Currently all children in England aged 3-4 are entitled to to 570 hours of free early education or childcare per year, which usually amounts to 15 hours per week, 38 weeks of the year.

But some families are entitled to free childcare from the age of two - a full list of those who qualify is on the government's website - including children of parents who choose not to work and receive income support or jobseekers' allowance.

Justine Greening: Don't let young people 'hit a brick wall' in English and maths

by TES, November 17, 2016

The education secretary, addressing the Association of Colleges' annual conference, also says that FE learners studying English and maths must get the same breadth of assessment as in schools
Colleges must make sure that young people don’t hit “a brick wall” in trying to pursue qualifications for English and maths, the education secretary has said.

Universities are using casual contracts to put profit before people

by Guardian, November 17, 2016

In 2009-10, during the final year of my PhD at the University of Birmingham, a decision was made on high to close one of the flagship departments of British sociology. The rationale was that they could offer a degree in the subject without the expense of a large team of highly trained specialists. As one of the managers put it at the time “we are all social scientists”. So why invest in a department of sociology when the degree could be taught by a range of other staff?

Durham teaching assistants to strike for second time over pay cuts

by Guardian, November 17, 2016

Two-day strike to take place on 23 and 24 November is in response to county council’s plan to give TA’s termtime-only contracts

Teaching assistants in County Durham are to strike for a second time in a month over a new contract that unions say could result in their pay being cut by nearly a quarter.

The committee of County Durham Teaching Assistants Activists announced on Wednesday that the 48-hour industrial action would take place on 23 and 24 November.

Rise in Jewish children attending faith schools

by TES, November 17, 2016

Report says a near doubling of the number of Jewish children in faith schools is partly explained by the growth of the Orthodox population in the UK
A report from the Institute for Jewish Policy Research says much of the increase was driven by the number of pupils going to strictly Orthodox schools.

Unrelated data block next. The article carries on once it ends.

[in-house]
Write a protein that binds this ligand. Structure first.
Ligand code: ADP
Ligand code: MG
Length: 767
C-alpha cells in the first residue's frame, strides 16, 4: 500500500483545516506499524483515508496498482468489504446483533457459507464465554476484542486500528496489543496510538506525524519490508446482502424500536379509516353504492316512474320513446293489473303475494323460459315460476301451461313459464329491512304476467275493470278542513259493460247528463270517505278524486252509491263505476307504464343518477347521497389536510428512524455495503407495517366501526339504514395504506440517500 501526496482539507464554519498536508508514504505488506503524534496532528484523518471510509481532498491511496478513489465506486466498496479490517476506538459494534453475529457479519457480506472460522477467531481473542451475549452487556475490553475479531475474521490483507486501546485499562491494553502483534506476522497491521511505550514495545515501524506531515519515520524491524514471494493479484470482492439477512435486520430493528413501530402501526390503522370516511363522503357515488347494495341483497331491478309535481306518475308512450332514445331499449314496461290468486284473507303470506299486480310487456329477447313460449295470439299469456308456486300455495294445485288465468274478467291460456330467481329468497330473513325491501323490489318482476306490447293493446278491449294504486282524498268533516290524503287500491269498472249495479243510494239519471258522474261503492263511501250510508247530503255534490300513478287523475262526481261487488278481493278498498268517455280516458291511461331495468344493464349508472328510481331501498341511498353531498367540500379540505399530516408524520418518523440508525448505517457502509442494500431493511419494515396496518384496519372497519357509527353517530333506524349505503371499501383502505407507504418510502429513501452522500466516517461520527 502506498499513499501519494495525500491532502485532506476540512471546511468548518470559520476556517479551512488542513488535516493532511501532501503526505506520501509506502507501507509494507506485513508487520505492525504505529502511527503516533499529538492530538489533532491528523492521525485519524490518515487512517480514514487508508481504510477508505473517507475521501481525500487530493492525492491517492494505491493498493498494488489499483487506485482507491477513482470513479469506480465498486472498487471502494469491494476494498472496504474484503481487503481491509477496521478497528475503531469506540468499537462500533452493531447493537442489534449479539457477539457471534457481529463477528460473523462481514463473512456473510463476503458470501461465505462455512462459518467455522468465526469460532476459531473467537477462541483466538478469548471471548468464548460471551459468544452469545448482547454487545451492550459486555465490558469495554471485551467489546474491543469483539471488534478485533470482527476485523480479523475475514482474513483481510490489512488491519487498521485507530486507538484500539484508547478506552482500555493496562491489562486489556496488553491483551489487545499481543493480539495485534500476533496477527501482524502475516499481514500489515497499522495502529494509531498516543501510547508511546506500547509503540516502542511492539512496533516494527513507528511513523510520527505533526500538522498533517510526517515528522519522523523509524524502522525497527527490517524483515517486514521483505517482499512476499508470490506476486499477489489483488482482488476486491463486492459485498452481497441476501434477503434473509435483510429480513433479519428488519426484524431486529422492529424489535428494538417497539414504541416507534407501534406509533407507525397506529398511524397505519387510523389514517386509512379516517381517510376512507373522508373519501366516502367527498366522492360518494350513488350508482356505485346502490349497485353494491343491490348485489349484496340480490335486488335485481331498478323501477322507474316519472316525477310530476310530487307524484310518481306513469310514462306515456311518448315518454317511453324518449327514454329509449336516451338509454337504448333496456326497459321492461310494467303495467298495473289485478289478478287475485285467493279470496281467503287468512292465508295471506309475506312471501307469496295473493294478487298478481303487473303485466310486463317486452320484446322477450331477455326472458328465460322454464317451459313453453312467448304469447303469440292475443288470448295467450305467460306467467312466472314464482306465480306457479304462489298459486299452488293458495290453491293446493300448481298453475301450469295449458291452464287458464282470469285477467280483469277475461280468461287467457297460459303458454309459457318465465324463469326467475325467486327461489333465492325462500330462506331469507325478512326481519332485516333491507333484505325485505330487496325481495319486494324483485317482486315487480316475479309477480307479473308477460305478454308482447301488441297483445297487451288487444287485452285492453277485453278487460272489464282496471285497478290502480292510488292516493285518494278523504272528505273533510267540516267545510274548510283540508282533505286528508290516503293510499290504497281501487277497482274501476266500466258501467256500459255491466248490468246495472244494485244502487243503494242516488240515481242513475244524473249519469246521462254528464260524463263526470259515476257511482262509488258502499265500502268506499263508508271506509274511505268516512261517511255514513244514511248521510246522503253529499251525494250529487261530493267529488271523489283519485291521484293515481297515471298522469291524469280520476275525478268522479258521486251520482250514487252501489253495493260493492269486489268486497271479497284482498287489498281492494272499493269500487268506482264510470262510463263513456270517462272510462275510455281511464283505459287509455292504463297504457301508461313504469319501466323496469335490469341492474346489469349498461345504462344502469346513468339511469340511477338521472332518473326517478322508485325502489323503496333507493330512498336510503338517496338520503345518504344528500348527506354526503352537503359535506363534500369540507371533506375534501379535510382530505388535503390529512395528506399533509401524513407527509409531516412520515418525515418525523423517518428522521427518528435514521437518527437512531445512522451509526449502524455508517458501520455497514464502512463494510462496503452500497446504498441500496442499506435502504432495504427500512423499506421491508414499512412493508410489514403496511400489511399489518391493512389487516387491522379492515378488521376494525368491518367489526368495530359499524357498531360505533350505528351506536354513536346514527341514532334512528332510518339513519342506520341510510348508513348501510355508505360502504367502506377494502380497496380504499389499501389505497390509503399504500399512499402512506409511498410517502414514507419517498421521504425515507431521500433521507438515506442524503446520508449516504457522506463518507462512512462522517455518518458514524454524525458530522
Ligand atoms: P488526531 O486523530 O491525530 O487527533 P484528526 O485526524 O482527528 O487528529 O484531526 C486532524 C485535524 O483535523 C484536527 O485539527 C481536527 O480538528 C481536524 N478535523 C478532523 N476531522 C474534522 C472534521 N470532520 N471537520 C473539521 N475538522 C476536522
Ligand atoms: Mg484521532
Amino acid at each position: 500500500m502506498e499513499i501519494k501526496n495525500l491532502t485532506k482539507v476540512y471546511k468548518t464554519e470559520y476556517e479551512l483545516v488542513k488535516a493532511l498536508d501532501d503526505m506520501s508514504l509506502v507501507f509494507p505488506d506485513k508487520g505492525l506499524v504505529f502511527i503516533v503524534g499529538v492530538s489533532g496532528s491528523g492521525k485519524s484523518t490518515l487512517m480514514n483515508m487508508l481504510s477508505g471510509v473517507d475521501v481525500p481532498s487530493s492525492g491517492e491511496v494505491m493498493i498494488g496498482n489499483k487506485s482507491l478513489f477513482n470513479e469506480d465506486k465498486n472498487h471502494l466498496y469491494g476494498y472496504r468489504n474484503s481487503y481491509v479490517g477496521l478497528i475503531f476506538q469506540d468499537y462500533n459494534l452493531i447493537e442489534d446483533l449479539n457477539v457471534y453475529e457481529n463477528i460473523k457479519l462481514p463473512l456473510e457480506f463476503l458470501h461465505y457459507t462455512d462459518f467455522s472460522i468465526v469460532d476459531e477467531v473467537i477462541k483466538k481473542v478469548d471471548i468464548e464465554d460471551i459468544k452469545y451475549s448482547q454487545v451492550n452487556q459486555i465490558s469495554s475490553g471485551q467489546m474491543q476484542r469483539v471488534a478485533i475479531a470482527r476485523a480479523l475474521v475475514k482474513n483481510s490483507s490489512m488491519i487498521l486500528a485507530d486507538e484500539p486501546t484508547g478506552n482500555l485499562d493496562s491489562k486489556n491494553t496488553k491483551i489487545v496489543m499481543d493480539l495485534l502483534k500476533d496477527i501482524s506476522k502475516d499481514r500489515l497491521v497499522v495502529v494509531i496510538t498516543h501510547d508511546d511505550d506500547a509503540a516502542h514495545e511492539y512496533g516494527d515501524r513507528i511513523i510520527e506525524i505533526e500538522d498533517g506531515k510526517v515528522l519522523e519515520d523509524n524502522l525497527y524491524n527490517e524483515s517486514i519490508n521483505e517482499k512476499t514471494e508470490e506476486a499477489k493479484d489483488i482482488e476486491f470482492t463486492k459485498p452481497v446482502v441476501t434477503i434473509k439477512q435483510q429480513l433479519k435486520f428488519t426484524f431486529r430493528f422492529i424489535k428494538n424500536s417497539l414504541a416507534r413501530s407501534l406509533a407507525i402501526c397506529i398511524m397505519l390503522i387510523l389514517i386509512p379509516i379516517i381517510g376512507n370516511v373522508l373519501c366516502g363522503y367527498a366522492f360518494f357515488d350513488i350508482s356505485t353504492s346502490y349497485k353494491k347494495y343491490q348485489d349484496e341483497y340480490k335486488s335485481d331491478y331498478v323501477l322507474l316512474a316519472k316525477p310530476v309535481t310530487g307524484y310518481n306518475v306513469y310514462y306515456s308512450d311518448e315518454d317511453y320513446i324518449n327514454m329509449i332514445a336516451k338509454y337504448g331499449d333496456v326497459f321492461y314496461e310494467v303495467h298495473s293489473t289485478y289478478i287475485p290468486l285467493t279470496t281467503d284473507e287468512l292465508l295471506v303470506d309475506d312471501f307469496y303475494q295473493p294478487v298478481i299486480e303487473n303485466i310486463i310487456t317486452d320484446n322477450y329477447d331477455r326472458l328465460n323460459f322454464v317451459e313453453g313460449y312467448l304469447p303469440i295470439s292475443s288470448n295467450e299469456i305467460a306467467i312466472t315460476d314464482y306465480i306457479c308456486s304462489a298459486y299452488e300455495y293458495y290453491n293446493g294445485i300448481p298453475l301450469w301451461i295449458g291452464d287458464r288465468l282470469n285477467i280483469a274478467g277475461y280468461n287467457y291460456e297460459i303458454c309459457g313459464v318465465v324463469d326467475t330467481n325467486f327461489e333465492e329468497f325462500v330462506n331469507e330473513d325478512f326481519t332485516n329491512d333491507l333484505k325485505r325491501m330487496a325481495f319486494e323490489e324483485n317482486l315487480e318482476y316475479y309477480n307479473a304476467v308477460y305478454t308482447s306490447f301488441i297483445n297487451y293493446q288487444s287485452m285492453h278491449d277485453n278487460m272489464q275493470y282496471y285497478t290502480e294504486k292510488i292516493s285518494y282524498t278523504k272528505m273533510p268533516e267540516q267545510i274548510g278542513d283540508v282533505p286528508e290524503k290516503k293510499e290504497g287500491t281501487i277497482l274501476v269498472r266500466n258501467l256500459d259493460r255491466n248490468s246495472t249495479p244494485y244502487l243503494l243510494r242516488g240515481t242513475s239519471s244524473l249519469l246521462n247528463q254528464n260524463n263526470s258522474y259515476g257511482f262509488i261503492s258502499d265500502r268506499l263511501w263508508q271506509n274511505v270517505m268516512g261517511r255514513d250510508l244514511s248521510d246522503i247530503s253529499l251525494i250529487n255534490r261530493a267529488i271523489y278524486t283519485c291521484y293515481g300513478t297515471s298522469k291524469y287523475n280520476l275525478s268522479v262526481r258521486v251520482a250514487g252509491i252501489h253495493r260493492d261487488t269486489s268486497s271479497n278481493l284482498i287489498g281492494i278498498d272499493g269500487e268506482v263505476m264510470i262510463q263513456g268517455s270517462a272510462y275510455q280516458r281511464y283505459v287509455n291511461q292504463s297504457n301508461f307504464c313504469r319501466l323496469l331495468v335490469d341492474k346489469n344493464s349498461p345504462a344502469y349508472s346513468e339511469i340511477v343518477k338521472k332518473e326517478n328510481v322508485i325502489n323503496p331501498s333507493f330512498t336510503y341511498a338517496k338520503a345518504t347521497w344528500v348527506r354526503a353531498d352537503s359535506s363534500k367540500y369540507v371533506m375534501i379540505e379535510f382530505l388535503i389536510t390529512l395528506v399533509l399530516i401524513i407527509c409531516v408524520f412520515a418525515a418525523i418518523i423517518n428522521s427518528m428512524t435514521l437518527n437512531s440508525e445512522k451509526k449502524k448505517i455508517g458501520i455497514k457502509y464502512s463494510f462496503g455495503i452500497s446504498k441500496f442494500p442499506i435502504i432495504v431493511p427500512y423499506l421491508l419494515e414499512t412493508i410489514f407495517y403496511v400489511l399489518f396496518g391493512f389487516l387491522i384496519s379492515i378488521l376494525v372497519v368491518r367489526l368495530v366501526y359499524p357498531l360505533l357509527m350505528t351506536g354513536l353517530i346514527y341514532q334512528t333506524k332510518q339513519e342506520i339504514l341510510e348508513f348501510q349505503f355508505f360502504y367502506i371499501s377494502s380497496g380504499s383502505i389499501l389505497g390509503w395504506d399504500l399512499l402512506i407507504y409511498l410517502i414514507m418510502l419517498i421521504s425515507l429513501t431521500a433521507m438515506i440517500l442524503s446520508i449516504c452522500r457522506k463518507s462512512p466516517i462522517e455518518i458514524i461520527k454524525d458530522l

A smaller growth in pupil numbers was also seen in mainstream Jewish schools, the analysis of DfE data finds.

In 2014-15, 30,900 Jewish pupils were enrolled in Jewish schools, compared to 16,700 in 1995-96, even though the overall population of that faith is falling.

Walsall Council motion opposing new grammar schools is passed

by Express and Star, November 17, 2016

Classified as 11 Plus.

The authority, led by Labour's Sean Coughlan, passed a motion at its full council meeting where it confirmed its opposition to government plans for bringing back grammar schools.

But the motion, which also rejects any changes to free schools, was only narrowly passed by 28 votes to 27 after both UKIP and the Conservatives launch impassioned defences of grammar schools.

The notice of motion, put forward by Councillor Coughlan and Liberal Democract leader Councillor Ian Shires, states that the council:

- Confirms its opposition to the expansion of grammar schools

- Calls on the Government to abandon the selection by ability and social separation of young people into different schools

- Rejects any change to Free Schools to enable them to select on the basis of academic ability.

- Calls on the Government to respect the spirit of existing legislation on grammar schools and not seek out loopholes within it to effectively create new grammar schools under the pretext of expansion.

- Calls on the Government to do more to cater for all young people according to individual aptitudes and abilities.

Old boys network helps men from private school...but not women

by The Telegraph, November 17, 2016

Sending girls to private school will not help them earn more but the old boys network is still placing men in top jobs with high salaries, a new study suggests.

Researchers at University College London’s Institute of Education (IOE) have been following 7,000 people who were born in 1970 to see how their background and education has affected their earnings and profession in the past four decades,

They found that by middle age, those with the best educations were in the best jobs. But crucially, simply having a degree did not guarantee a large salary.